Wanting to "lead by example," State Senator Grover Campbell announced today that he would file legislation proposing two reforms to the Oklahoma election laws.
"Basically, this proposed legislation would bar state election officials from reporting any presidential election returns until 9:30 p.m. Central Daylight Time. Secondly, no pollsters would be allowed to conduct exit polls within a certain distance of a polling location. More than likely that would be the same distance as campaign signs and campaign volunteers are currently restricted from polls,"explained Senator Campbell.
"I think there is a very valid concern that last Tuesday's presidential election may have been influenced by erroneous reports made by the national media in predicting state election results based on early returns and exit polls. I'm certain there are both Bush and Gore supporters who feel like these reports may have affected their candidate's national vote as a result," said Campbell.
The Owasso Republican said it was the responsibility of the states to change election laws to reduce the influence of the national media on presidential elections. Campbell said states in the eastern and central time zones could place reasonable delays on the presidential election returns to help prevent projections while voters in the Western United States are still voting.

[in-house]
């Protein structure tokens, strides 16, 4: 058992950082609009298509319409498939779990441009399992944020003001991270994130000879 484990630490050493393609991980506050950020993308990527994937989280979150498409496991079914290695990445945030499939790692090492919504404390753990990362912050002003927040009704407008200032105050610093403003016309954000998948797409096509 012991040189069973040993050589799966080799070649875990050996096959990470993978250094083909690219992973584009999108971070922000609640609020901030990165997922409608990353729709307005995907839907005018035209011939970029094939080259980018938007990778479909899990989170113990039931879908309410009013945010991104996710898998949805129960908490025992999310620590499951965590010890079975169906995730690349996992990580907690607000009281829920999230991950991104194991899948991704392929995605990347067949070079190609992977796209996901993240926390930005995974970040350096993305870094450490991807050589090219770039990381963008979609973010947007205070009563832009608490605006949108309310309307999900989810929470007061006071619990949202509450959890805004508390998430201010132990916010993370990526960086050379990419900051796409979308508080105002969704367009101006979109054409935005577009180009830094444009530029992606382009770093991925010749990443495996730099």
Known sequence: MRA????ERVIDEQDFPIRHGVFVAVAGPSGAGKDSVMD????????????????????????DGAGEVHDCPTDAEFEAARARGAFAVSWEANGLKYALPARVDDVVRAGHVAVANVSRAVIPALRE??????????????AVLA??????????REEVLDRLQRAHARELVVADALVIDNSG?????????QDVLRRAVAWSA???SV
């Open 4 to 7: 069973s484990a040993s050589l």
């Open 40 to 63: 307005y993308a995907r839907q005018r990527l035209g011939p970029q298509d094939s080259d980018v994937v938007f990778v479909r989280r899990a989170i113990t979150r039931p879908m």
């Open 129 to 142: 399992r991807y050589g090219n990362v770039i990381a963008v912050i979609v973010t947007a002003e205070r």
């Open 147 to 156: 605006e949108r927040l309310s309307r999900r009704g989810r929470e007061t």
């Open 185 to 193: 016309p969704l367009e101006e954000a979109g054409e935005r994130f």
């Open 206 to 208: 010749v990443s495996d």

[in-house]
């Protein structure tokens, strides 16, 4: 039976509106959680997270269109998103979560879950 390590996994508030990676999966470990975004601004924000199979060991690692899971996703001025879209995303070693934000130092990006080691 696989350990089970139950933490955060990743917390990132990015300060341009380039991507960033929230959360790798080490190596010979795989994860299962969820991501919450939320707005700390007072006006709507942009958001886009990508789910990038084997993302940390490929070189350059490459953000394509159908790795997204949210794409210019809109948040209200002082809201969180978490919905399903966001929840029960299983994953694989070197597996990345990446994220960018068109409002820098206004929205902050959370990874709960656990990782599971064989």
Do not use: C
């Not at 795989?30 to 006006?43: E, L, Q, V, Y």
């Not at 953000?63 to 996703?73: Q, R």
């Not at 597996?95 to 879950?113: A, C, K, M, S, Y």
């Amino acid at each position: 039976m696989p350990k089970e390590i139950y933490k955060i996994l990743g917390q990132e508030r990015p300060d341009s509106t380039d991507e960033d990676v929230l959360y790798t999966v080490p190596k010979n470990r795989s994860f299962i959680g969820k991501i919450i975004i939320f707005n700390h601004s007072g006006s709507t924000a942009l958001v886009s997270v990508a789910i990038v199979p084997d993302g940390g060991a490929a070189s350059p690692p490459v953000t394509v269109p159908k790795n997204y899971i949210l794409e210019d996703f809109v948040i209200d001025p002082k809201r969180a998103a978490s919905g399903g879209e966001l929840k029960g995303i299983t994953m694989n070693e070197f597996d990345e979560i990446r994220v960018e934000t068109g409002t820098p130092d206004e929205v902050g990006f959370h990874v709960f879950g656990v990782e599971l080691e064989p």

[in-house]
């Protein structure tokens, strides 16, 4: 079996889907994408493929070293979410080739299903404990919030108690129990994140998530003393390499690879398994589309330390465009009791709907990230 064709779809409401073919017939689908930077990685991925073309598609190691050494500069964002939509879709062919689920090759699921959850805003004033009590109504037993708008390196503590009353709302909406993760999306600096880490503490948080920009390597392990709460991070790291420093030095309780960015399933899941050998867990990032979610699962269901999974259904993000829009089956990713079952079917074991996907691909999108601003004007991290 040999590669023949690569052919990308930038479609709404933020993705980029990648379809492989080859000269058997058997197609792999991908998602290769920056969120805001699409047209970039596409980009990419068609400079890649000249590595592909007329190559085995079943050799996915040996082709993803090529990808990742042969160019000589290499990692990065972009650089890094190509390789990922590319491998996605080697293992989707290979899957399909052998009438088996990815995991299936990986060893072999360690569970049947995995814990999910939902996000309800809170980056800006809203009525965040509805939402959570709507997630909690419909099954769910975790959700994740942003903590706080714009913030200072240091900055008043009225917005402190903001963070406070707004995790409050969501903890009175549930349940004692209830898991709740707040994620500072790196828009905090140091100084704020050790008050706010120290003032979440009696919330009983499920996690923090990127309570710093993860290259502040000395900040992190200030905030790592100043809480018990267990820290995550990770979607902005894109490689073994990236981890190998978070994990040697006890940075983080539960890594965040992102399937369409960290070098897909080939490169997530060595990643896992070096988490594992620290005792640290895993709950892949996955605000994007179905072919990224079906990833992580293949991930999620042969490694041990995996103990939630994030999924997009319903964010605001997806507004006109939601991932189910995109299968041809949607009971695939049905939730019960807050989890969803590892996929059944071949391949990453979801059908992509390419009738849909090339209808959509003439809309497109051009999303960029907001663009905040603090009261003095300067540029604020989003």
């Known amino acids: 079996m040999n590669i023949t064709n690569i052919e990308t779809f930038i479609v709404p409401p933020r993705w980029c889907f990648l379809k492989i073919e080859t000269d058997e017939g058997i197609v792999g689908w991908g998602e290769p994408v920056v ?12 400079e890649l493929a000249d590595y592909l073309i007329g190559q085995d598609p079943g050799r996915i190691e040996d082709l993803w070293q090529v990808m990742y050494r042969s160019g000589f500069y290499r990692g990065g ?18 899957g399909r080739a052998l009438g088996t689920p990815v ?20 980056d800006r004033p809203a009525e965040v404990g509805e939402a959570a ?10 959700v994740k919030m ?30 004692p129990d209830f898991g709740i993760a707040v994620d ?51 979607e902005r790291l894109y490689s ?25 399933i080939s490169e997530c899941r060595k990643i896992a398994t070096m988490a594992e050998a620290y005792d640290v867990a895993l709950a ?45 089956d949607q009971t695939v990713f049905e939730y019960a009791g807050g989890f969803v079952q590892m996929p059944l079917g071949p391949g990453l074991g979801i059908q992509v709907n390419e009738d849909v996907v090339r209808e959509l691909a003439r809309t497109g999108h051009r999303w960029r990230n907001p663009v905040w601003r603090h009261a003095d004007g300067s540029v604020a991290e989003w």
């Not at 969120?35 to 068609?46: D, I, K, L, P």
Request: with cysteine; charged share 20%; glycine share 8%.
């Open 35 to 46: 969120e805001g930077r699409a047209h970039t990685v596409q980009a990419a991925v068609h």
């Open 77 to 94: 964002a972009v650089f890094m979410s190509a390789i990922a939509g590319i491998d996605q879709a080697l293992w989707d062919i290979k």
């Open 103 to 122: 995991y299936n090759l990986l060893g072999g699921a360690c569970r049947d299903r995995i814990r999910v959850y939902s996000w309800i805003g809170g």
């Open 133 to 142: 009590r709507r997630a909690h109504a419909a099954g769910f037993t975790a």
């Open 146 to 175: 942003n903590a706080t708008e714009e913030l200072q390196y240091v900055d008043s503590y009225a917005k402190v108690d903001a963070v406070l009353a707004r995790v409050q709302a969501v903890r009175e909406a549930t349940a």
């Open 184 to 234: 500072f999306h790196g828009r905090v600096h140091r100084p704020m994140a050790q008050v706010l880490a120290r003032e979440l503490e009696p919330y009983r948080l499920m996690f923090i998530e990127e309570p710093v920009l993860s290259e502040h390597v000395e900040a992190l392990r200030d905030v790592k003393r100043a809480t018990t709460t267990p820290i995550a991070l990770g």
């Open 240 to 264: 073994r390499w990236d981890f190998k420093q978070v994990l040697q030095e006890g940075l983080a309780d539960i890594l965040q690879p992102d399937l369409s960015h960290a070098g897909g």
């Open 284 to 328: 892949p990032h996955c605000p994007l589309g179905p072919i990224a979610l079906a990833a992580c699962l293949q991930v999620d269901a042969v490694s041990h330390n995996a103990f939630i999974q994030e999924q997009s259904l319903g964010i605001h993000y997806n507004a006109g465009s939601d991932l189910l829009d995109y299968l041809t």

"Delaying the posting of presidential returns in Oklahoma by two and a half hours will still allow the local media to report Oklahoma's results that evening, while making sure Oklahoma does what it can to help prevent national media reports from influencing voters in the western states," noted Campbell.
Senator Campbell said it would be difficult for Congress to influence the use of exit polls without violating First Amendment rights. However, he said states could restrict how close pollsters are allowed to catch and interview voters coming out of the voting place.
"My proposal does not prevent anyone from conducting an exit poll. They can still conduct exit pools at the voter's residence by phone just like pre-election polls are conducted, or set up in an area away from the polling place. But I do believe this restriction will help delay the taking and compiling of accurate exit-polls, and therefore, will help delay the reporting of exit-poll results to the national media."
Senator Campbell stated that if enough eastern and central states adopted these proposals, it would be difficult for the national media to obtain and report early election and exit poll results.
"The bottom line is to help prevent national media reports from influencing presidential elections in the future. Hopefully, other states will follow Oklahoma's lead and enact election law reforms for that reason," said Campbell.